Batman: No Manâ€™s Land
Vol. 1, Vol. 2, Vol. 3
Vol. 4, Vol. 5
by Greg Rucka (and others)
One of the biggest comic crossover events that was not Universe wide is the Batman: No Manâ€™s Land event that took place during 1999. Preceded by Batman: Cataclysm, the crossover took place in all the Bat-universe books, including the four monthly Batman titles — Detective Comics, Batman, Batman: Shadow of the Bat, and Batman: Legends of the Dark Knight — as well as the larger Batman family like Robin, Catwoman, and Nightwing.
This may be deemed as a bit of a cheat, attributing to Rucka the success of No Manâ€™s Land, as when you look at the full list of authors behind this massive event, he is just one of many. However, with issues of the two main comics under his belt — Batman and Detective Comics — Rucka definitely had a lot to say in this series. And when you look at the credits on the trade paperbacks, Ruckaâ€™s name appears in all of them.
No Manâ€™s Land was epic, nothing short of it. Gotham City is hit by a massive earthquake that sees destruction everywhere. Over the next few days and weeks, it would become evident that Gotham would not be making a quick recovery. Eventually, the United States of America declares Gotham City a No Manâ€™s Land — meaning that it is no longer part of American territory. People are asked to leave, and many hundreds of thousands do.
Naturally though, not everyone leaves. Criminals and low lifeâ€™s stay around, but so do those who have lived in Gotham all their lives, and know it is their home. Add to that a force of Gotham PD and the Bat family, and you have the makings of a great story.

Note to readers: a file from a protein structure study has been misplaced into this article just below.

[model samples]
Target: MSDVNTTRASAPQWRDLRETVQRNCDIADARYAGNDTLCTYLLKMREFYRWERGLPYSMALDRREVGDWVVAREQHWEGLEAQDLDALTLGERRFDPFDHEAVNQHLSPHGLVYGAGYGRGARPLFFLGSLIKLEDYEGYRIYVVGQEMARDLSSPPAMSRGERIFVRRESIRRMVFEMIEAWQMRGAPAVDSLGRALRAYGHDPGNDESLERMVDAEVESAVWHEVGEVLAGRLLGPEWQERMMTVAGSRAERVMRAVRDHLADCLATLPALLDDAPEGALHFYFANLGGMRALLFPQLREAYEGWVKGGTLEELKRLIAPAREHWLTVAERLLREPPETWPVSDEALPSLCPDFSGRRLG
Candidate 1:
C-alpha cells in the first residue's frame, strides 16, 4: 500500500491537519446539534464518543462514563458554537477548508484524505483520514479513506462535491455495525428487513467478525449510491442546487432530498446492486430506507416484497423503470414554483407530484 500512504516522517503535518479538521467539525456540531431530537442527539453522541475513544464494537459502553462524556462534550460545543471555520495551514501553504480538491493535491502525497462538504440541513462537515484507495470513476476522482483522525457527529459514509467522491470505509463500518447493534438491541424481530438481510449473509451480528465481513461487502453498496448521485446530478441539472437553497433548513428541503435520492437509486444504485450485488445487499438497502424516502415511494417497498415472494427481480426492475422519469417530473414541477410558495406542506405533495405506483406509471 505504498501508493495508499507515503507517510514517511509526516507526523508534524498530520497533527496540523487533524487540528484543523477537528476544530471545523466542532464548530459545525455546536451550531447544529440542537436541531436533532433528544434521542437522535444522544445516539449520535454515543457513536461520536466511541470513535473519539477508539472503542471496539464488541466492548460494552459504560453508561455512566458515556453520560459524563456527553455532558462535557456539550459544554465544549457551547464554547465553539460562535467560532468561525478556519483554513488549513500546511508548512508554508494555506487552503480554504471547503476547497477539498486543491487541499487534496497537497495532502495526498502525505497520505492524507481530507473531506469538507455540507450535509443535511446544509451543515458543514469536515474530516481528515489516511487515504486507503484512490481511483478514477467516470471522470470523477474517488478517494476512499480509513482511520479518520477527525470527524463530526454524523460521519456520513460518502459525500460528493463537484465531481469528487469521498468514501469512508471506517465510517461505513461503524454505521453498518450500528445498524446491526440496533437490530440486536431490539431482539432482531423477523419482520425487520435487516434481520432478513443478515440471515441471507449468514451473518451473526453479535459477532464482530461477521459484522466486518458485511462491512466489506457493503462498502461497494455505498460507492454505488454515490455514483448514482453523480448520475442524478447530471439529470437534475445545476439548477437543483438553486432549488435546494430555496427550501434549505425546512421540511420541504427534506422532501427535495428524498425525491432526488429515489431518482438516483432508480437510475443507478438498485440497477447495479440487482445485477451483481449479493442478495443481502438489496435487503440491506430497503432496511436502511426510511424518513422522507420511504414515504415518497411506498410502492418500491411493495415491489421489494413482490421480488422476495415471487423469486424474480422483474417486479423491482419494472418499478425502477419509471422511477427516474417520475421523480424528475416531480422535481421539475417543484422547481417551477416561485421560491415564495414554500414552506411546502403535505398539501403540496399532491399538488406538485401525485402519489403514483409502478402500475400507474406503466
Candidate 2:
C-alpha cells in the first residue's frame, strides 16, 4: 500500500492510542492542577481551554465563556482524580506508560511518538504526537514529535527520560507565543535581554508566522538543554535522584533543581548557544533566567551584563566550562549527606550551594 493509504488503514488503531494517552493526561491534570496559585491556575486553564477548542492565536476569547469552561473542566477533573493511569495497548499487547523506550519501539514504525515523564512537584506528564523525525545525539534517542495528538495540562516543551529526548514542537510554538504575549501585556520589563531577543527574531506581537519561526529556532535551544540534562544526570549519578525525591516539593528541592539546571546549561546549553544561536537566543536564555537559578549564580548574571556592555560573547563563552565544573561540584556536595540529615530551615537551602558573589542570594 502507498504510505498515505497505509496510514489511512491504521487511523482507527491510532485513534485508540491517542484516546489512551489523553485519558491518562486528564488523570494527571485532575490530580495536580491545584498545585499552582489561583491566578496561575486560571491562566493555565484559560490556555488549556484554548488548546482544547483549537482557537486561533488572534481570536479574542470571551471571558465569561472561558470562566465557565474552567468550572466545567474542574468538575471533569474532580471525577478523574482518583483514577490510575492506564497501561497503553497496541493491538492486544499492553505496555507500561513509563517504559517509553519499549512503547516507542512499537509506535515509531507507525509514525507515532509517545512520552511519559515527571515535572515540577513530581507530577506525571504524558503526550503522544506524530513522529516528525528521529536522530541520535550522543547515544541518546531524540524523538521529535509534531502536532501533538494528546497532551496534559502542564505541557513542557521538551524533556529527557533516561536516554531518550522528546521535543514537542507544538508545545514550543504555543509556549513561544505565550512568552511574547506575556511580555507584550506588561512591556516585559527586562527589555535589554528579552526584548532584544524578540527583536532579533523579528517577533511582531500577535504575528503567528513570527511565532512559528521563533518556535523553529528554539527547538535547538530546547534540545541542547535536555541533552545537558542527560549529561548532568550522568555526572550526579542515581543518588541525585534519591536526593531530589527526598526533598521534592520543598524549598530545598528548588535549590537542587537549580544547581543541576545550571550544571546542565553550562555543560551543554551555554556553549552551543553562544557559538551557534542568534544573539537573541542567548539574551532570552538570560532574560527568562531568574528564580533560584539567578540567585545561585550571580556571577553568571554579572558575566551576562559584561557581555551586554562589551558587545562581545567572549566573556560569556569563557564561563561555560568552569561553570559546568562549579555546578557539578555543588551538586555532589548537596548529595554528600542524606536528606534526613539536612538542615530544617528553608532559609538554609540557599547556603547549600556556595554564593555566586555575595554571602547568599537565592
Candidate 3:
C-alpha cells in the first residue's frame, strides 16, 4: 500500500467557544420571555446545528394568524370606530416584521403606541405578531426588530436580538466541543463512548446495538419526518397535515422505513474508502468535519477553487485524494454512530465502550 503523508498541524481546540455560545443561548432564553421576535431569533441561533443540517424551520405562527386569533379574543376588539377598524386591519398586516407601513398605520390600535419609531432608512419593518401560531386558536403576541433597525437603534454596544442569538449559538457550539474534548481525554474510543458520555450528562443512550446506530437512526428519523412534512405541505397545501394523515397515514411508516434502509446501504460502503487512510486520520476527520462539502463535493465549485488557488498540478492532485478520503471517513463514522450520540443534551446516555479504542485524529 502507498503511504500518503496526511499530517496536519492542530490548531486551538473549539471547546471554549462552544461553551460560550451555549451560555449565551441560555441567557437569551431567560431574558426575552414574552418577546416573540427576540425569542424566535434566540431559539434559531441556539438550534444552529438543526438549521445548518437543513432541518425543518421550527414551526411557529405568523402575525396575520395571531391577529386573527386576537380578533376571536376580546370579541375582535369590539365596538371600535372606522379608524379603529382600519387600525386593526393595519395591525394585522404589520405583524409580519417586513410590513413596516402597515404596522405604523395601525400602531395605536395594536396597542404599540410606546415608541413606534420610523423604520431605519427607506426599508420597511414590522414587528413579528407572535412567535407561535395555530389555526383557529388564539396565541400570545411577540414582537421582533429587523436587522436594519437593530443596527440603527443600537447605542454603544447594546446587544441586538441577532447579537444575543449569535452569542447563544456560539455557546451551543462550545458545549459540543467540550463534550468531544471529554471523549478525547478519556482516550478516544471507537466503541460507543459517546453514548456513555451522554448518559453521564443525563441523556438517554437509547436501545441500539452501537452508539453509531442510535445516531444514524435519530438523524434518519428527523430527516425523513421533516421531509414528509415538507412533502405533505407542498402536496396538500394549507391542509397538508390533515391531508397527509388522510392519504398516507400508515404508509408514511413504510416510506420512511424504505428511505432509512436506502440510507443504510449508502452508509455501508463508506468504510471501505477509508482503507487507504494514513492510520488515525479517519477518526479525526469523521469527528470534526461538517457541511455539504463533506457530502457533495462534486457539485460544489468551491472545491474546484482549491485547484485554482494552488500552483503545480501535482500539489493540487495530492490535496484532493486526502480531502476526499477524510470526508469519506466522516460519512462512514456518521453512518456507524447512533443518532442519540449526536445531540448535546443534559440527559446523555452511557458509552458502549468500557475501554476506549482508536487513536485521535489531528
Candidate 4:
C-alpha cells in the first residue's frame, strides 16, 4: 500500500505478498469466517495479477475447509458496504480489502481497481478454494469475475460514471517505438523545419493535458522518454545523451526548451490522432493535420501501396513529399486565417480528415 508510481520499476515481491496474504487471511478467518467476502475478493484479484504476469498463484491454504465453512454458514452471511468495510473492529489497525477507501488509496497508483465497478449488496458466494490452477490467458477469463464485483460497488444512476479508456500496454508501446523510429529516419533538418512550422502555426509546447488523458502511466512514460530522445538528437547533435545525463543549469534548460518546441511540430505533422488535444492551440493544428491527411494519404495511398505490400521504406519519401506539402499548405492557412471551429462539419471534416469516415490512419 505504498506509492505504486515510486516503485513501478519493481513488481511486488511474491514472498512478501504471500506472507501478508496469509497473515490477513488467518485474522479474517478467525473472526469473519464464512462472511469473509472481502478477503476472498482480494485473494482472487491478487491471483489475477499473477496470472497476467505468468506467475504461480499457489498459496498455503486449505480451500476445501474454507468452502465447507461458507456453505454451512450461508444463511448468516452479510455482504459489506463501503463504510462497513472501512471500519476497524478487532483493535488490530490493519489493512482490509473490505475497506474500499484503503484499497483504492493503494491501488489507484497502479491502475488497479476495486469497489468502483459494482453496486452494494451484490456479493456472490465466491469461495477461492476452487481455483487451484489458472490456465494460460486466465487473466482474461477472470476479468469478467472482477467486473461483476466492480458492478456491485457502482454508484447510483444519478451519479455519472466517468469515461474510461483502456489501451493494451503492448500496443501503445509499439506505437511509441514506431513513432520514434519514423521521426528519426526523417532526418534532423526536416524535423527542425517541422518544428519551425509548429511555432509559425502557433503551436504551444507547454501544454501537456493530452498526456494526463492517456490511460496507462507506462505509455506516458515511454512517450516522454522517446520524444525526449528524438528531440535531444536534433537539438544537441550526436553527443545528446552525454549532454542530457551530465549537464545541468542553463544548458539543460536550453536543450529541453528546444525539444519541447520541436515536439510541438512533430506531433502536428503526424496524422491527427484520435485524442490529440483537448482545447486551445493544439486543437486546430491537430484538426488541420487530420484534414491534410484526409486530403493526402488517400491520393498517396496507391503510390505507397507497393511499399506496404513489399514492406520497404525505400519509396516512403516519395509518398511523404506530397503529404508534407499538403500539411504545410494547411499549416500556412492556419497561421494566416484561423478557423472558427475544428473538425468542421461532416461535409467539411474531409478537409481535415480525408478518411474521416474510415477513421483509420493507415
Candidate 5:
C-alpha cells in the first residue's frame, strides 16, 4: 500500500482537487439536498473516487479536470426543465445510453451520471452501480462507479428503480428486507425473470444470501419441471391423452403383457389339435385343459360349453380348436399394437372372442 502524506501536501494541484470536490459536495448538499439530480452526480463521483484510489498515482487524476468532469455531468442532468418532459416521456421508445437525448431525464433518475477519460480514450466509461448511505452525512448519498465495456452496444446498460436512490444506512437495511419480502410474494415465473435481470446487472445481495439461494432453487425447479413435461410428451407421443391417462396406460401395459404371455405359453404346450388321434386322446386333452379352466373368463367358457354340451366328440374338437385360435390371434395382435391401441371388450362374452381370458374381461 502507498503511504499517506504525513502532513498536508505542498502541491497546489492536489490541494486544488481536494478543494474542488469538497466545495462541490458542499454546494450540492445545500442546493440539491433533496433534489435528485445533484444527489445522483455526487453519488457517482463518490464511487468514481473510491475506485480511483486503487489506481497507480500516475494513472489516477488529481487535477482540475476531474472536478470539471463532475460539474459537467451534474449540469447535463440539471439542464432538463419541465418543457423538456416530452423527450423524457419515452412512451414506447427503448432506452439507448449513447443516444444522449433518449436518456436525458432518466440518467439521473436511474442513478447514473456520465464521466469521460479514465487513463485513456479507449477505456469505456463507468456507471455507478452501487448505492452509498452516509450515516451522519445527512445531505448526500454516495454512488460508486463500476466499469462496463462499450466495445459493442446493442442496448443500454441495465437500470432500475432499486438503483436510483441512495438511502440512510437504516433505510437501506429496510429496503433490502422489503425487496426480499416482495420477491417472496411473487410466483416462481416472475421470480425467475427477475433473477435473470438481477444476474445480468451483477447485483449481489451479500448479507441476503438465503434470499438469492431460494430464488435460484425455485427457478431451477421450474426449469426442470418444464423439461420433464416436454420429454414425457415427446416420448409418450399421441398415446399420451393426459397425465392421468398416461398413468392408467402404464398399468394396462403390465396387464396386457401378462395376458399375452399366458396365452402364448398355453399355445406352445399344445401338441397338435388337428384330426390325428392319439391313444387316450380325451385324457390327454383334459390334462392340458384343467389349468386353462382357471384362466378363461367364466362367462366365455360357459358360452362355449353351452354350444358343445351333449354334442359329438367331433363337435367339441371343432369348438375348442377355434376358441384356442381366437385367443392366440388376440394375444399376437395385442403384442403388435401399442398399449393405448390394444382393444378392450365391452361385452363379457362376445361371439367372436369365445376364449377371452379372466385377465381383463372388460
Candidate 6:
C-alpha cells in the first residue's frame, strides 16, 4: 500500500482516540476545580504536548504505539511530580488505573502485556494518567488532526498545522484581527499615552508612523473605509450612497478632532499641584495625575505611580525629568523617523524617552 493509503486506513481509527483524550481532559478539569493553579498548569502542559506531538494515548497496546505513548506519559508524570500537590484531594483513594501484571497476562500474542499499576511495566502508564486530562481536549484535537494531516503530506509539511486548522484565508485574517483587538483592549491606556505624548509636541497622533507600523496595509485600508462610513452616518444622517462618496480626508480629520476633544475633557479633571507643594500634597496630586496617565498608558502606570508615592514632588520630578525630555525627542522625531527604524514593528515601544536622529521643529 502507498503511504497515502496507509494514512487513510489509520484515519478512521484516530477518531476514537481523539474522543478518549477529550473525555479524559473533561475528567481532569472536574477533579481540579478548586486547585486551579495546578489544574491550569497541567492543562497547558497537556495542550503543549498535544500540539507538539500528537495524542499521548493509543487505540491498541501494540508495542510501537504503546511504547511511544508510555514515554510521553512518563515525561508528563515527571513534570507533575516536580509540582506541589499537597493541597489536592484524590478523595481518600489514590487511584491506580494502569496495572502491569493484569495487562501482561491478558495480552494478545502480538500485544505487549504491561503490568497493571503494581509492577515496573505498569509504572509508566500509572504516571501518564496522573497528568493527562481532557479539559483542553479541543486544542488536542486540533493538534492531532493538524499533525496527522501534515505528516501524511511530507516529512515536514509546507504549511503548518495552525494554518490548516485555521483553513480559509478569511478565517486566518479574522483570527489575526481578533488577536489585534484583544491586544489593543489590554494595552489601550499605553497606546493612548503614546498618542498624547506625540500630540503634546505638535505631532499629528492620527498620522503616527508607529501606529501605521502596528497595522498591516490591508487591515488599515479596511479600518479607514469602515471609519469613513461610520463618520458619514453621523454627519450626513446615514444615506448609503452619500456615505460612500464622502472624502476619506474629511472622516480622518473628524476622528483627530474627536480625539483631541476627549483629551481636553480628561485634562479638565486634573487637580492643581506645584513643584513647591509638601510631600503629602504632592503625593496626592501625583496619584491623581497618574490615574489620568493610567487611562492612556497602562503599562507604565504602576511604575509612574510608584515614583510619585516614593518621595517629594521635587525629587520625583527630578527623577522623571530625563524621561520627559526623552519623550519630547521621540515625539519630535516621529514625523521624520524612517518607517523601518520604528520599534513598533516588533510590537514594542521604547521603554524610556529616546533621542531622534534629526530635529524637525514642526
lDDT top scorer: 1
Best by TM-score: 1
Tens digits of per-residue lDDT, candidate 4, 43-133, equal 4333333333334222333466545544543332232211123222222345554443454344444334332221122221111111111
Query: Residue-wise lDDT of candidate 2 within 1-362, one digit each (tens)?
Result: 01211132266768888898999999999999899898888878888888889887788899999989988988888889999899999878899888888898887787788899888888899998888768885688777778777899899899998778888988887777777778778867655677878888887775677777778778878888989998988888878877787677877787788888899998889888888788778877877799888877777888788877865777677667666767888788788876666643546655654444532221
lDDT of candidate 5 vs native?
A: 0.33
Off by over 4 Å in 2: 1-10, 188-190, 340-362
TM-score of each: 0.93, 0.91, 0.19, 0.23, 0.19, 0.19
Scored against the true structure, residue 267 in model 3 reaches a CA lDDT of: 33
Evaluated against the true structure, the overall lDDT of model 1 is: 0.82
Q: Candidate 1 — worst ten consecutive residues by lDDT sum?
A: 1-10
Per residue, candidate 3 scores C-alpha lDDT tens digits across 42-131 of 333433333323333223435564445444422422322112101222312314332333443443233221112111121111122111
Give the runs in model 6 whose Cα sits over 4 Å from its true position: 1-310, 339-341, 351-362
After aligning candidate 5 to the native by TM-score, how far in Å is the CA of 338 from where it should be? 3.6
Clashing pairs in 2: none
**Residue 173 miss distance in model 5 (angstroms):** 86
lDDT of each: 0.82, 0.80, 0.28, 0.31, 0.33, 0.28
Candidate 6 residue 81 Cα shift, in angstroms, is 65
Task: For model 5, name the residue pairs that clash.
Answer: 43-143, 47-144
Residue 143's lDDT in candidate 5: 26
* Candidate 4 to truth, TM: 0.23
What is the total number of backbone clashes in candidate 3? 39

Territory is divided between some of the biggest criminals Gotham has faced including Two Face, Poison Ivy, the Penguin, Killer Croc, and more. But the GCPD also take a stake, and try and reclaim what they can, as does Batman. So the story unfolds and keeps you spellbound all the way.
The story is nothing short of fascinating, as the DC writers tasked with writing No Man’s Land investigated what life would be like in a city with so little. Power has been cut, food is scarce — if itâ€™s existent at all — crime is rife, and life is cheap. But as you get to watch characters like Oracle, Jim Gordon, Catwoman, and the Huntress — the second tier of Bat characters — as they deal with the situation and help, it is really quite fun to read.
Of course Batman is cracking skulls left right and center, with Robin and Nightwing on their own much of the time trying to lay down a measure of law and order.
Other characters like Rene Montoya, Harvey Bullock, Sarah Essen (Jim Gordonâ€™s wife), and the Joker play massive roles. And by the end of the series you have seen pretty much every living criminal that has ever crossed through Gotham. Itâ€™s almost as if they wrote a series finale youâ€™d find in a TV show like Star Trek; with all the old characters coming back to say goodbye.
You can get the trade paperbacks for No Manâ€™s Land (plus Cataclysm, which is necessary) from InStockTrades.com. They were good enough to supply us with copies of all of them for this Rucka week, and we thank them, for this tribute to Rucka would not have been possible without them.
But it is Greg Ruckaâ€™s immense talent that has entertained me these past few weeks and months as Iâ€™ve prepared for this, and to him I say an even bigger thank you.